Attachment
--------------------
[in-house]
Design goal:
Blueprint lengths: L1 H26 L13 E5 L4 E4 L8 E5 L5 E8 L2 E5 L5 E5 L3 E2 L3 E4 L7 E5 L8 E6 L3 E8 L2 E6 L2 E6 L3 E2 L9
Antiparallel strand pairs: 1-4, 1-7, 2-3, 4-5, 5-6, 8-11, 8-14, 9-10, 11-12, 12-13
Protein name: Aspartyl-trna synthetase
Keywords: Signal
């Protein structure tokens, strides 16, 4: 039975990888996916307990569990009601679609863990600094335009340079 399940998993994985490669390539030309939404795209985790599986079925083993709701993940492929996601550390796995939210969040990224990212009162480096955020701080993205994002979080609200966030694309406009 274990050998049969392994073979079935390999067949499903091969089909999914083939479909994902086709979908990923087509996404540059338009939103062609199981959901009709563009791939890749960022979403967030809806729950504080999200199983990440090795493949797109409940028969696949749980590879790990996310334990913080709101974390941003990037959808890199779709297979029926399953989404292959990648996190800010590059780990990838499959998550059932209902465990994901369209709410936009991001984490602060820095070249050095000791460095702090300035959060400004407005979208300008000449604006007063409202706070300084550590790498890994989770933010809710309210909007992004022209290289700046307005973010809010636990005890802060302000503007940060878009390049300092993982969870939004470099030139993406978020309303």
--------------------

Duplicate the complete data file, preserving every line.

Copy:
[in-house]
Design goal:
Blueprint lengths: L1 H26 L13 E5 L4 E4 L8 E5 L5 E8 L2 E5 L5 E5 L3 E2 L3 E4 L7 E5 L8 E6 L3 E8 L2 E6 L2 E6 L3 E2 L9
Antiparallel strand pairs: 1-4, 1-7, 2-3, 4-5, 5-6, 8-11, 8-14, 9-10, 11-12, 12-13
Protein name: Aspartyl-trna synthetase
Keywords: Signal
């Protein structure tokens, strides 16, 4: 039975990888996916307990569990009601679609863990600094335009340079 399940998993994985490669390539030309939404795209985790599986079925083993709701993940492929996601550390796995939210969040990224990212009162480096955020701080993205994002979080609200966030694309406009 274990050998049969392994073979079935390999067949499903091969089909999914083939479909994902086709979908990923087509996404540059338009939103062609199981959901009709563009791939890749960022979403967030809806729950504080999200199983990440090795493949797109409940028969696949749980590879790990996310334990913080709101974390941003990037959808890199779709297979029926399953989404292959990648996190800010590059780990990838499959998550059932209902465990994901369209709410936009991001984490602060820095070249050095000791460095702090300035959060400004407005979208300008000449604006007063409202706070300084550590790498890994989770933010809710309210909007992004022209290289700046307005973010809010636990005890802060302000503007940060878009390049300092993982969870939004470099030139993406978020309303």